Social Justice

My take:
Social Justice is about preserving the Dignity of Man. That means providing man with food, clothing, shelter and helping man to provide these elements for himself. If man is not taught and expected to provide for himself, he is merely a slave to the provider(master), which is Social Justice in reverse.
We must understand that there are many who select to drop out of society and desire to remain addicted to drugs, alcohol and have no desire to work/produce. To provide a meal to these folks is charitable, but to supply them with cash is merely enables slavery, rather than dignity.

I agree.

I have to admit that I get very suspicious when I hear the label Social Justice get used these days in the Church. Caring for our neighbour comes as a natural extension of our love for God. God commanded us to love Him first and then love our neighbour as an extension (in that order). Put simply, if we want to care for our neighbour better, then the solution is to focus on loving God more. We have to remember that our ability to help others does not come from ourselves, it comes from God (and God has a much better plan for helping the poor then we do). It’s only when we reach such a degree of holiness that we are willing to be martyred for the faith, that our deeds truly start to become representative of God’s will and the benefits derived from our actions start to far surpass anything that we could do according to our own intellect or means (just look at Mother Teresa).

The problem that I find with many aspects of social justice is that they tend to put the focus on the man-made solutions to human inequities which ultimately short circuits our relationship with God. This has the effect of elevating man and eventually contributing to the secularization of the Church.

This is why I think that certain social justice initiatives tend to struggle so much with avoiding the contraception and abortion mentality… it’s a man-made solution to think in terms of helping the poor with contraception and abortion (God knows much better then we do and if we were truly focused on doing God’s will then these solutions would never even enter our minds).

Part of me sees the distinction you’re trying to make, another part of me keeps coming back to Matthew 25:40:

"The King will reply, ‘I tell you the truth, whatever you did for one of the least of these brothers of mine, you did for me.’

I think we should be more concerned about why they don’t want to work/produce than concerned about the symptom.

Excellent application of that saying from Matthew 25:40.

Uh huh - and who, pray tell, is going to be the judge of exactly who has ‘selected to drop out’ and who is simply so damaged by their addiction - or at least by the stigma branded upon them by their past - that they are unsuccessful in spite of making every effort to ‘drop back in’?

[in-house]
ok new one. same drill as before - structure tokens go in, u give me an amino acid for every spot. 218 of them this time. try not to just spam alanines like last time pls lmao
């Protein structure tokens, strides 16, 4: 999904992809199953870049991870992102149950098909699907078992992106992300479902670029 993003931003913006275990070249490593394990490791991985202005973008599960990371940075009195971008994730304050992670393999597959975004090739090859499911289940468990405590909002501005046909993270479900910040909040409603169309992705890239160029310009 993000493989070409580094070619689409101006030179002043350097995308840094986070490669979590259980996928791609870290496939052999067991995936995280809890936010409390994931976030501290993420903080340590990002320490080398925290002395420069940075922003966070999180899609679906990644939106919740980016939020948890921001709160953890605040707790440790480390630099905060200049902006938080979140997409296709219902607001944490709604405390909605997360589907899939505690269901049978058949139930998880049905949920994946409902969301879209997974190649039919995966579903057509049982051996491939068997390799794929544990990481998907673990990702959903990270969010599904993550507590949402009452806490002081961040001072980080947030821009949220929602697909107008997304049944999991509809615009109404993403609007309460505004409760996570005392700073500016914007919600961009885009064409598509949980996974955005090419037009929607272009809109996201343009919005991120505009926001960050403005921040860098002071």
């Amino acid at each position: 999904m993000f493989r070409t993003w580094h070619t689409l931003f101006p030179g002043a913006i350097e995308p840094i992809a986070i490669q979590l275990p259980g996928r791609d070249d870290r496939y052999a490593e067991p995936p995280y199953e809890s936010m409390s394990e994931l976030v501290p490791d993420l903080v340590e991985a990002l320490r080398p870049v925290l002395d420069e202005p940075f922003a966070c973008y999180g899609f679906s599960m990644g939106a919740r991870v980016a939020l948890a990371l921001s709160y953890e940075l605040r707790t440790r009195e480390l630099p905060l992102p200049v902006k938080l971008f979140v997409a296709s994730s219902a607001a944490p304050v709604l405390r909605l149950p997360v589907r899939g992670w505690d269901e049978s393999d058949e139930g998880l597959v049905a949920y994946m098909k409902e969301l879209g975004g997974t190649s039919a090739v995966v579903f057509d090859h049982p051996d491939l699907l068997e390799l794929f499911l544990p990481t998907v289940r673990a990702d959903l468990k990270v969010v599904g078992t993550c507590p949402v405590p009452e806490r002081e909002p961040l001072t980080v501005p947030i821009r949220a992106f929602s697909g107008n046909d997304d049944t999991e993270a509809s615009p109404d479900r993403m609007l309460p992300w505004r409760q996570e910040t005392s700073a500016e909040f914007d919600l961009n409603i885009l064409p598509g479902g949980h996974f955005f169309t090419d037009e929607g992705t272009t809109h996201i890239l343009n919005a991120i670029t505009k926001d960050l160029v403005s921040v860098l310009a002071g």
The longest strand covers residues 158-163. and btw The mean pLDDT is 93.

How can we really begin to judge such a thing? And how can we know that we are correct in our judgements?

I doubt it, because they would be dead.

Excellent post.

Do not judge lest ye be judged.


Hi Marlene,

I fully agree that social justice is about preserving the dignity of mankind. As far as how this is accomplished, and what it means exactly, I think there is and likely will be disagreement for the remainder of my lifetime at least. I don’t think that in the USA we as a society are even close to agreement as a whole with respect to what it means and how it should be achieved, let alone taking into account the whole world. Personally, I don’t think that a random human born on US soil is any more important than any other human born in any other country. I also realize that the US population is not able to take care of the whole world.

I think that people who, as you say, “select to drop out of society and desire to remain addicted to drugs, etc” is a complex issue and not as cut and dry as ‘selecting’ to remain addicted to drugs…’. IMO people who are addicted to drugs (in contrast to those who may use drugs on occasion) do so as a means of self-medicating and typically have histories of trauma in childhood, or trauma in adulthood, and turn to drugs in an effort to numb their pain. For me a primary thing to look at when considering drug use is the way that the US gov’t currently deals with drugs as a policy. The current policy is prohibition. It is typically referred to as the drug war. IMO it should be clear to any thinking, open minded adult that the drug war is a failure as a policy as drug addiction has remained constant since at least 1920, despite the various steps taken by the gov’t using the police, courts, and criminal justice system to address the drug problem in this country. It has cost over 2 TRILLION dollars since the war on drugs has started. Drugs are at least as easy to get as they were prior to when the drug war started. The cost of drugs has also declined since the start of the drug war, when just about every other product offered for sale in the USA has went up considerably in price since 1970 (food, housing, transportation, clothing, etc…).